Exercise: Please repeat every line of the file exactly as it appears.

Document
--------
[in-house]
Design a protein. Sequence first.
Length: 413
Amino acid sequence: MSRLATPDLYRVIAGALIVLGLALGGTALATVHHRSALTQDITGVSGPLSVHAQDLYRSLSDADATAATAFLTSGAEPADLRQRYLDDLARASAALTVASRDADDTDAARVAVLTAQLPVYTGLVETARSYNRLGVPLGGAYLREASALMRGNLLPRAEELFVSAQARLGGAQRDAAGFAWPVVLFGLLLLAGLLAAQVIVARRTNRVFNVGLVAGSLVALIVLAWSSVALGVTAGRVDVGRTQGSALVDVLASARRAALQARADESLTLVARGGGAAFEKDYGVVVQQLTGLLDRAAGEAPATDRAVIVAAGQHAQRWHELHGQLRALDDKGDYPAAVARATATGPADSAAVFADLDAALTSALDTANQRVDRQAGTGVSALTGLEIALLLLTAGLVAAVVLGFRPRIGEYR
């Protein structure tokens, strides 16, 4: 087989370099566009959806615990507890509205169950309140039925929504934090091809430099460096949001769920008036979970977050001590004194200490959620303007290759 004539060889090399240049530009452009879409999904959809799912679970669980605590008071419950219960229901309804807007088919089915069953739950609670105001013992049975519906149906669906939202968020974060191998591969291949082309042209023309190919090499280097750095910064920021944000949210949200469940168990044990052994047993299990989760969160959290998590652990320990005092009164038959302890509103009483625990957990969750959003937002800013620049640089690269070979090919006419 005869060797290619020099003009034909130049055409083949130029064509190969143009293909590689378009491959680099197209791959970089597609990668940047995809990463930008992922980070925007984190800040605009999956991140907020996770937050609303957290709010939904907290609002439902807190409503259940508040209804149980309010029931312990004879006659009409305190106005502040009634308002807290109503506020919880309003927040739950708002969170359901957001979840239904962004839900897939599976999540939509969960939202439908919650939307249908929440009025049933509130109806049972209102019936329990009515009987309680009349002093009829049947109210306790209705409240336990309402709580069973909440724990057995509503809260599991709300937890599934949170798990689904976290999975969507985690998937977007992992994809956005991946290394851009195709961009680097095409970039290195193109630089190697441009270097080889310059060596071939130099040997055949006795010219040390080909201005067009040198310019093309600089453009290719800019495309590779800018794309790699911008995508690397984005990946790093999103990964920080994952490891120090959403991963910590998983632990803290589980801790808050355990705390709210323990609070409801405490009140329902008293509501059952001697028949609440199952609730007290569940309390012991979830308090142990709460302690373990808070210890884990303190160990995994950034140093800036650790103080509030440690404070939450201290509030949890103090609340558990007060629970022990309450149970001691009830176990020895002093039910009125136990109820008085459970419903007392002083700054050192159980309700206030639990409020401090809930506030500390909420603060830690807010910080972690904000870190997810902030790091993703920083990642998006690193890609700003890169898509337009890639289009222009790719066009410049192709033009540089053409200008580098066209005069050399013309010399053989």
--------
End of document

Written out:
[in-house]
Design a protein. Sequence first.
Length: 413
Amino acid sequence: MSRLATPDLYRVIAGALIVLGLALGGTALATVHHRSALTQDITGVSGPLSVHAQDLYRSLSDADATAATAFLTSGAEPADLRQRYLDDLARASAALTVASRDADDTDAARVAVLTAQLPVYTGLVETARSYNRLGVPLGGAYLREASALMRGNLLPRAEELFVSAQARLGGAQRDAAGFAWPVVLFGLLLLAGLLAAQVIVARRTNRVFNVGLVAGSLVALIVLAWSSVALGVTAGRVDVGRTQGSALVDVLASARRAALQARADESLTLVARGGGAAFEKDYGVVVQQLTGLLDRAAGEAPATDRAVIVAAGQHAQRWHELHGQLRALDDKGDYPAAVARATATGPADSAAVFADLDAALTSALDTANQRVDRQAGTGVSALTGLEIALLLLTAGLVAAVVLGFRPRIGEYR
């Protein structure tokens, strides 16, 4: 087989370099566009959806615990507890509205169950309140039925929504934090091809430099460096949001769920008036979970977050001590004194200490959620303007290759 004539060889090399240049530009452009879409999904959809799912679970669980605590008071419950219960229901309804807007088919089915069953739950609670105001013992049975519906149906669906939202968020974060191998591969291949082309042209023309190919090499280097750095910064920021944000949210949200469940168990044990052994047993299990989760969160959290998590652990320990005092009164038959302890509103009483625990957990969750959003937002800013620049640089690269070979090919006419 005869060797290619020099003009034909130049055409083949130029064509190969143009293909590689378009491959680099197209791959970089597609990668940047995809990463930008992922980070925007984190800040605009999956991140907020996770937050609303957290709010939904907290609002439902807190409503259940508040209804149980309010029931312990004879006659009409305190106005502040009634308002807290109503506020919880309003927040739950708002969170359901957001979840239904962004839900897939599976999540939509969960939202439908919650939307249908929440009025049933509130109806049972209102019936329990009515009987309680009349002093009829049947109210306790209705409240336990309402709580069973909440724990057995509503809260599991709300937890599934949170798990689904976290999975969507985690998937977007992992994809956005991946290394851009195709961009680097095409970039290195193109630089190697441009270097080889310059060596071939130099040997055949006795010219040390080909201005067009040198310019093309600089453009290719800019495309590779800018794309790699911008995508690397984005990946790093999103990964920080994952490891120090959403991963910590998983632990803290589980801790808050355990705390709210323990609070409801405490009140329902008293509501059952001697028949609440199952609730007290569940309390012991979830308090142990709460302690373990808070210890884990303190160990995994950034140093800036650790103080509030440690404070939450201290509030949890103090609340558990007060629970022990309450149970001691009830176990020895002093039910009125136990109820008085459970419903007392002083700054050192159980309700206030639990409020401090809930506030500390909420603060830690807010910080972690904000870190997810902030790091993703920083990642998006690193890609700003890169898509337009890639289009222009790719066009410049192709033009540089053409200008580098066209005069050399013309010399053989």